From honor challenge to false prophecy: rereading Jeremiah 28' s story of prophetic conflict in light of social-science models.

Author:Bartusch, Mark W.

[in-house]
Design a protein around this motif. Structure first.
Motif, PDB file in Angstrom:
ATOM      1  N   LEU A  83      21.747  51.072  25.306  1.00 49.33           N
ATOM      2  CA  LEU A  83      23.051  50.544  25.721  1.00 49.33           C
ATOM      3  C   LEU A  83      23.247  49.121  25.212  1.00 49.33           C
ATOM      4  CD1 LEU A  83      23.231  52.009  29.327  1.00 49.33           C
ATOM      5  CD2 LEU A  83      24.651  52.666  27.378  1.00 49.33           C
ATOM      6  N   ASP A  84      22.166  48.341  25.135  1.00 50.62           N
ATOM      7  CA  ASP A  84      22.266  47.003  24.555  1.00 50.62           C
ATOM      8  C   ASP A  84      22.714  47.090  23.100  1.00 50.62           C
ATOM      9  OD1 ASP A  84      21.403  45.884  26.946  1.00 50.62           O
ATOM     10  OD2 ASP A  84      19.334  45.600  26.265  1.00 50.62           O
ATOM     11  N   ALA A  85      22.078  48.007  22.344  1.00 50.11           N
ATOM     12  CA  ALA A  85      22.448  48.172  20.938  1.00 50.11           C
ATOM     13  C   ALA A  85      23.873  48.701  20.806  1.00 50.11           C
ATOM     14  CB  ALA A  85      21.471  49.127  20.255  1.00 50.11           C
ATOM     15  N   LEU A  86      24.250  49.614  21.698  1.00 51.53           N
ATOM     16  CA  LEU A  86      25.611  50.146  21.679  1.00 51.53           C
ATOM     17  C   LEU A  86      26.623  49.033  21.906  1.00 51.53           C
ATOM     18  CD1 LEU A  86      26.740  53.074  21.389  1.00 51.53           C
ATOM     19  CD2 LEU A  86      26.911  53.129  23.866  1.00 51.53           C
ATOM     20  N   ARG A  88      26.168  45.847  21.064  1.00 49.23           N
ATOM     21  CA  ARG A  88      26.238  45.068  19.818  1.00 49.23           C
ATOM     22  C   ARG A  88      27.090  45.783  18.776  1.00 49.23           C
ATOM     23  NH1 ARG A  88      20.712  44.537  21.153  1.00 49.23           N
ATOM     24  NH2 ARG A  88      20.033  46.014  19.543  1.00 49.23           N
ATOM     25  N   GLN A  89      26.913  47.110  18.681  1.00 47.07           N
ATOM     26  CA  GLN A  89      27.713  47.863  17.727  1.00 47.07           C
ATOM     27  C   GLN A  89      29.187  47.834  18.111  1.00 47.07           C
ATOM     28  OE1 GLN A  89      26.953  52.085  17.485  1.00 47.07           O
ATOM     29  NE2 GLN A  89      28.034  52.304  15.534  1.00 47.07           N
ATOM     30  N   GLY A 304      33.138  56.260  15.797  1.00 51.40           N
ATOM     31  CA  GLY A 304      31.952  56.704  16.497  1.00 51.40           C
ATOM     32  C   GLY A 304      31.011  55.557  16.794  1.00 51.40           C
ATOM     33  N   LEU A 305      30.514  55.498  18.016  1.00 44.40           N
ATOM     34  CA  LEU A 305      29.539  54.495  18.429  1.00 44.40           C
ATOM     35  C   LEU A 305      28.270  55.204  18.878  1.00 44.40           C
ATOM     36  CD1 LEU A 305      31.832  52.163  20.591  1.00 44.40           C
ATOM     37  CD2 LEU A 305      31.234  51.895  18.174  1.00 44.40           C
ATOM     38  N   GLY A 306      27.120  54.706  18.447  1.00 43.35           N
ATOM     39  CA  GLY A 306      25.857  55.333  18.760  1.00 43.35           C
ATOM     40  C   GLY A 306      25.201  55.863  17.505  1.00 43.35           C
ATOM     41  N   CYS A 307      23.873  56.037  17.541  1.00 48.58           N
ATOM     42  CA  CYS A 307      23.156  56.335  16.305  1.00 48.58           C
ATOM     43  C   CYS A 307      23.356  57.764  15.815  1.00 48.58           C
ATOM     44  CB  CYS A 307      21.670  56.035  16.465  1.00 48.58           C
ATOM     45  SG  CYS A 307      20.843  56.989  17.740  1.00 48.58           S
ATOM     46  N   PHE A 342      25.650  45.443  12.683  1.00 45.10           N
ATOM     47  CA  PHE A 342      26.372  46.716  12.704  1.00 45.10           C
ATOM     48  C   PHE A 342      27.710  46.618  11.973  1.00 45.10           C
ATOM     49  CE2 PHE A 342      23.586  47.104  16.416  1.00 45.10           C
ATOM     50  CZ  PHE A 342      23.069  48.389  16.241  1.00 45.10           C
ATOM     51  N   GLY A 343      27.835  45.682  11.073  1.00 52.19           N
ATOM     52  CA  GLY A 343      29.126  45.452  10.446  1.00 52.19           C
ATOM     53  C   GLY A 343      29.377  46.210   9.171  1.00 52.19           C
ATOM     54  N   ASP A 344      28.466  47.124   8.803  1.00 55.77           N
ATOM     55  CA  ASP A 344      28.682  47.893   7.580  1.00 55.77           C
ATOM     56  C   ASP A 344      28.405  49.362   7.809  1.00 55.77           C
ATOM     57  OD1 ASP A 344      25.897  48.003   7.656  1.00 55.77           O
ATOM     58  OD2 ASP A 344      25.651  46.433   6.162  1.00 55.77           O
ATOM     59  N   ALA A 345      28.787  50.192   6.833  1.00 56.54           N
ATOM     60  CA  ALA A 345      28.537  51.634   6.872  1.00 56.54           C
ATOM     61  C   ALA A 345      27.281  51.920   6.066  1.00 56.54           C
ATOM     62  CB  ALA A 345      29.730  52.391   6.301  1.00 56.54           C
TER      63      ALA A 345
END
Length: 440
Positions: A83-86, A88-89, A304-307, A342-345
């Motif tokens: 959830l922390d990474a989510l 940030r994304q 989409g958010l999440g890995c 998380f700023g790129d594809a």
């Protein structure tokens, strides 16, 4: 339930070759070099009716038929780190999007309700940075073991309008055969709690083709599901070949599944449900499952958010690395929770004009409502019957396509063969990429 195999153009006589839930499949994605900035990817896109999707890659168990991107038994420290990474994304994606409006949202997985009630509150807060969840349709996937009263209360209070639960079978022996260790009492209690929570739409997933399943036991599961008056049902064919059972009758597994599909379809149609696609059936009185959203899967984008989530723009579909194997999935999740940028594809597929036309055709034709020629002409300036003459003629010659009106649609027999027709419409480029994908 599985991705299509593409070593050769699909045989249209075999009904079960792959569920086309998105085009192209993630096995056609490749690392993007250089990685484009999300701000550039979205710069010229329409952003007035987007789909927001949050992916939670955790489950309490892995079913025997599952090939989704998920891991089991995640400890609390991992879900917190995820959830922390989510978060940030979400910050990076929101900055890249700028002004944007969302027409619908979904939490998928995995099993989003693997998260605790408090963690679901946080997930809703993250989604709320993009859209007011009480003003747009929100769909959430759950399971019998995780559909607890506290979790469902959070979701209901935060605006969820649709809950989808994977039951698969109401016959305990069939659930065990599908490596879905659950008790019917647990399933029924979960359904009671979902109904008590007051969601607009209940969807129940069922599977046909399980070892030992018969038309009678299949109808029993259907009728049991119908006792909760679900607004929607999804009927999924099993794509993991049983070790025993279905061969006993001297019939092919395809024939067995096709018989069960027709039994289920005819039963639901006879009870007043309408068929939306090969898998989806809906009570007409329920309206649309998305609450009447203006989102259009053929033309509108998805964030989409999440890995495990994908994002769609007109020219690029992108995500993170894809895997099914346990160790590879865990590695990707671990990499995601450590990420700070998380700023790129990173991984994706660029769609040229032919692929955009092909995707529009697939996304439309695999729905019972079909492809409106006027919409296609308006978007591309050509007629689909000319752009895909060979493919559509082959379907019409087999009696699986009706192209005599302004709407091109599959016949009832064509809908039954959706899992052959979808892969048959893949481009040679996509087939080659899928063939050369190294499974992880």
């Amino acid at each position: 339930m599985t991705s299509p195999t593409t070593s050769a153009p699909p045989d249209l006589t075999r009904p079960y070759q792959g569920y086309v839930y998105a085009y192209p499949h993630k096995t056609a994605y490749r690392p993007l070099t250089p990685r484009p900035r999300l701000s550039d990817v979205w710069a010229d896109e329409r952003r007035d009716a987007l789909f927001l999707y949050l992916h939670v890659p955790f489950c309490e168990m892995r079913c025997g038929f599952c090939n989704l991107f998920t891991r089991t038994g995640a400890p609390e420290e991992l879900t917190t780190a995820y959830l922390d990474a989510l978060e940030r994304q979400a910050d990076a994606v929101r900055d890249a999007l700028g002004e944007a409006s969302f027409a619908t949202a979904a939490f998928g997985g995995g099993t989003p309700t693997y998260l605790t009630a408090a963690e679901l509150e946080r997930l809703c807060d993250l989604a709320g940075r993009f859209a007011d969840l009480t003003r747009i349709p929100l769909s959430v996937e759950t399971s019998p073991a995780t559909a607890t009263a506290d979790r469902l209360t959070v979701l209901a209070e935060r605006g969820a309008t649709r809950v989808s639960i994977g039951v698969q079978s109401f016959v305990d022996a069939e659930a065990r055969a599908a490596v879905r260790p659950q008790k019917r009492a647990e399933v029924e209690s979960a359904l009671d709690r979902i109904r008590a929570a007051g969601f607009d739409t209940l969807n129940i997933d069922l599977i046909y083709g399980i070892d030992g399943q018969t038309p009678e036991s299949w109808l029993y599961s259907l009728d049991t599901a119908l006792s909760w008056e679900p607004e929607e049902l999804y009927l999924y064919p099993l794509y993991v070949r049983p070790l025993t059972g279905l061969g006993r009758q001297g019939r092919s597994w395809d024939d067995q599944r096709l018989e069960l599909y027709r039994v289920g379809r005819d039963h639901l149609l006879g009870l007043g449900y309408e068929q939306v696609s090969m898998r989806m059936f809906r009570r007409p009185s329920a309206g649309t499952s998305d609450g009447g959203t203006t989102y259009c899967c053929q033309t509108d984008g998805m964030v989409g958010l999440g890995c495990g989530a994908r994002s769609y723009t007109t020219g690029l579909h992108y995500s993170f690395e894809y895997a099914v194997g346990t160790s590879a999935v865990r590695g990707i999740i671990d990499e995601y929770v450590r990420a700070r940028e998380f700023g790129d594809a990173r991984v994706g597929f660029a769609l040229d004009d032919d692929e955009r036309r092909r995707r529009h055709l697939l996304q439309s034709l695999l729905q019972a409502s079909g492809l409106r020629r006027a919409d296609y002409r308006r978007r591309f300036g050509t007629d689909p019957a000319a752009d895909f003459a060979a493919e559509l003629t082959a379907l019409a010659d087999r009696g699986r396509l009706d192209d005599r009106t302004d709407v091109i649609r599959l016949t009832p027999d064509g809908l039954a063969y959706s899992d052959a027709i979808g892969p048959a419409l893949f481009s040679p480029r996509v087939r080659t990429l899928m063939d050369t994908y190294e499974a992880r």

The story of Jeremiah and Hananiah is perhaps the Bible's classic narrative about prophetic conflict. Unfortunately, many readers and interpreters overlook the details in the exchange between the central characters in the story and instead look to the end of the story to see what it says about the phenomenon of false prophecy in ancient Israel. This is understandable, especially when Jeremiah 28 is read, first of all, theologically and, secondly, canonically in light of such texts as Deuteronomy 18:18-22. These verses, situated as they are in Israel's ostensive early history, are ordinarily understood as the criteria for determining true or false prophecy. Thus, later interpreters will come to think of those intermediaries who do such things as speak in the name of other gods, or speak presumptuously a word that does not come from YHWH, or pronounce an oracle that does not come true, as false prophets. And false prophets shall die. However, what I propose here is that the details of the narrative in Jeremiah 28 suggest that what is at stake in the scenes between Hananiah and Jeremiah is not some abstract theological principle but honor; and that a particular social-science model provides a useful lens through which to reread this narrative of prophetic conflict, so that even before the passage of time validates Jeremiah's message, audiences come to see him as an honorable person in the community and a faithful spokesperson of YHWH.